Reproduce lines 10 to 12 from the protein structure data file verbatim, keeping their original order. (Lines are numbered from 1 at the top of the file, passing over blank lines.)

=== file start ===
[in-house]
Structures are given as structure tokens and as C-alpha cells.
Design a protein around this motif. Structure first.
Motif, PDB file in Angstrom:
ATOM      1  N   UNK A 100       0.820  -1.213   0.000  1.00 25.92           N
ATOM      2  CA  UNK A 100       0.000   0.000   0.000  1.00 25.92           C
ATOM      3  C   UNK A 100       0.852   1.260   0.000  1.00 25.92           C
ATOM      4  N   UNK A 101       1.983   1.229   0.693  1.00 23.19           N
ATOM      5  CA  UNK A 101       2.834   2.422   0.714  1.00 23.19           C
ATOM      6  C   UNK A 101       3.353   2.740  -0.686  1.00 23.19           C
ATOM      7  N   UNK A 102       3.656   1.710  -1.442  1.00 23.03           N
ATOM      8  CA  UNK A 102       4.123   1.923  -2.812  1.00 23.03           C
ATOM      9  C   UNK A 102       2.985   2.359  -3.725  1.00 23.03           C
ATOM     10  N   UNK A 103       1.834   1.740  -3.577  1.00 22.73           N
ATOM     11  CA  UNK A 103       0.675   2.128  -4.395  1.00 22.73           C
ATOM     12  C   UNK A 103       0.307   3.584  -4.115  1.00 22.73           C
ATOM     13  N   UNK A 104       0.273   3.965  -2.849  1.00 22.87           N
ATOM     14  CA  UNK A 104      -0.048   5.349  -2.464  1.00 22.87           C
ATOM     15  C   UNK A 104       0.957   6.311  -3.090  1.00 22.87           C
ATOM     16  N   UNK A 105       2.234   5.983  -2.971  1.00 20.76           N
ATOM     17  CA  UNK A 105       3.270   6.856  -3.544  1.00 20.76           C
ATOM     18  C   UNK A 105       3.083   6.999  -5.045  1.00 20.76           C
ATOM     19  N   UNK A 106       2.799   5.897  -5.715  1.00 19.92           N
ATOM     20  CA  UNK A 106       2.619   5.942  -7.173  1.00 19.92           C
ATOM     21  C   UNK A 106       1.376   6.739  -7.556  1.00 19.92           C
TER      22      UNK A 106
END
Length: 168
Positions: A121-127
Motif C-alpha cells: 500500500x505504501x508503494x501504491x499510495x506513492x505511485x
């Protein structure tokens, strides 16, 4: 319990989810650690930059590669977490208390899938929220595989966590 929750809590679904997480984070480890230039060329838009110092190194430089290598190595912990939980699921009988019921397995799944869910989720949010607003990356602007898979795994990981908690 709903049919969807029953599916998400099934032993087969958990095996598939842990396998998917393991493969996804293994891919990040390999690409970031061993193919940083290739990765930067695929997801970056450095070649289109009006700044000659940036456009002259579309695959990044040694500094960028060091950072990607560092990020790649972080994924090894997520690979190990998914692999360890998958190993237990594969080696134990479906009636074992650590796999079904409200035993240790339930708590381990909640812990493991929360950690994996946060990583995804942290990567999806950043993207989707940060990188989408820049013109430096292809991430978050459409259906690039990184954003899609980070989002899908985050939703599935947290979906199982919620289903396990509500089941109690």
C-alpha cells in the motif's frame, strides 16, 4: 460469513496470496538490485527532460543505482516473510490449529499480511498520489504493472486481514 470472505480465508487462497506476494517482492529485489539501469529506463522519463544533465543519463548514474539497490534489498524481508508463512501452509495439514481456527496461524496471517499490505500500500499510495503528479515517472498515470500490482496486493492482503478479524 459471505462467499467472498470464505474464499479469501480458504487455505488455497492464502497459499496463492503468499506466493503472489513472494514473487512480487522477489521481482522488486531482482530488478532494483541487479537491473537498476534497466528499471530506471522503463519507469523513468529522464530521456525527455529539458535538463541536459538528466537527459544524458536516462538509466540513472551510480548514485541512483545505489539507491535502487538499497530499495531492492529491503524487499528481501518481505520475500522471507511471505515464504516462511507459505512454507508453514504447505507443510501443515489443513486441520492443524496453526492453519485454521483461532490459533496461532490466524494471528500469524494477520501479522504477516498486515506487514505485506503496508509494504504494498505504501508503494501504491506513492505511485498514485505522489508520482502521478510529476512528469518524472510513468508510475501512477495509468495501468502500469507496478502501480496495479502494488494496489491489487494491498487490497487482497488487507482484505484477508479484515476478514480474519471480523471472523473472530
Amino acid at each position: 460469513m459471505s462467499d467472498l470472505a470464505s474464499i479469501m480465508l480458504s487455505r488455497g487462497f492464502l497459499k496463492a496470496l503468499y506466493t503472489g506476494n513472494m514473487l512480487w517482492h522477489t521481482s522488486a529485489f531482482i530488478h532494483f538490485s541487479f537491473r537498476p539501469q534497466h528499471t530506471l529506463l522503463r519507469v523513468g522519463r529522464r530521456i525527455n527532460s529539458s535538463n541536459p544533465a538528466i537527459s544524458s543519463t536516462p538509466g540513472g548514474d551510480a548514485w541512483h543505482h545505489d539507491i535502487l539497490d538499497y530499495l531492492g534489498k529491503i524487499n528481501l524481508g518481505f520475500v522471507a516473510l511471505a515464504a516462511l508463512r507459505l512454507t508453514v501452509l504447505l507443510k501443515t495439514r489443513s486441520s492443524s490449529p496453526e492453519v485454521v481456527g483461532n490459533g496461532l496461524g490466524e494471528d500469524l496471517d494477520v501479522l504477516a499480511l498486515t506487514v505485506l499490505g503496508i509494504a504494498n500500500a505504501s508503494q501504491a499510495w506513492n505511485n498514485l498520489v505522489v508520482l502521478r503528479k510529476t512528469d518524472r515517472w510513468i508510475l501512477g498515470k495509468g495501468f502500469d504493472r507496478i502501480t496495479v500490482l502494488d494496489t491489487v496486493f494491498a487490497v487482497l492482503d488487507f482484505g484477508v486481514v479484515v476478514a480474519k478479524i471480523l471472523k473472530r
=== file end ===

ATOM      6  C   UNK A 101       3.353   2.740  -0.686  1.00 23.19           C
ATOM      7  N   UNK A 102       3.656   1.710  -1.442  1.00 23.03           N
ATOM      8  CA  UNK A 102       4.123   1.923  -2.812  1.00 23.03           C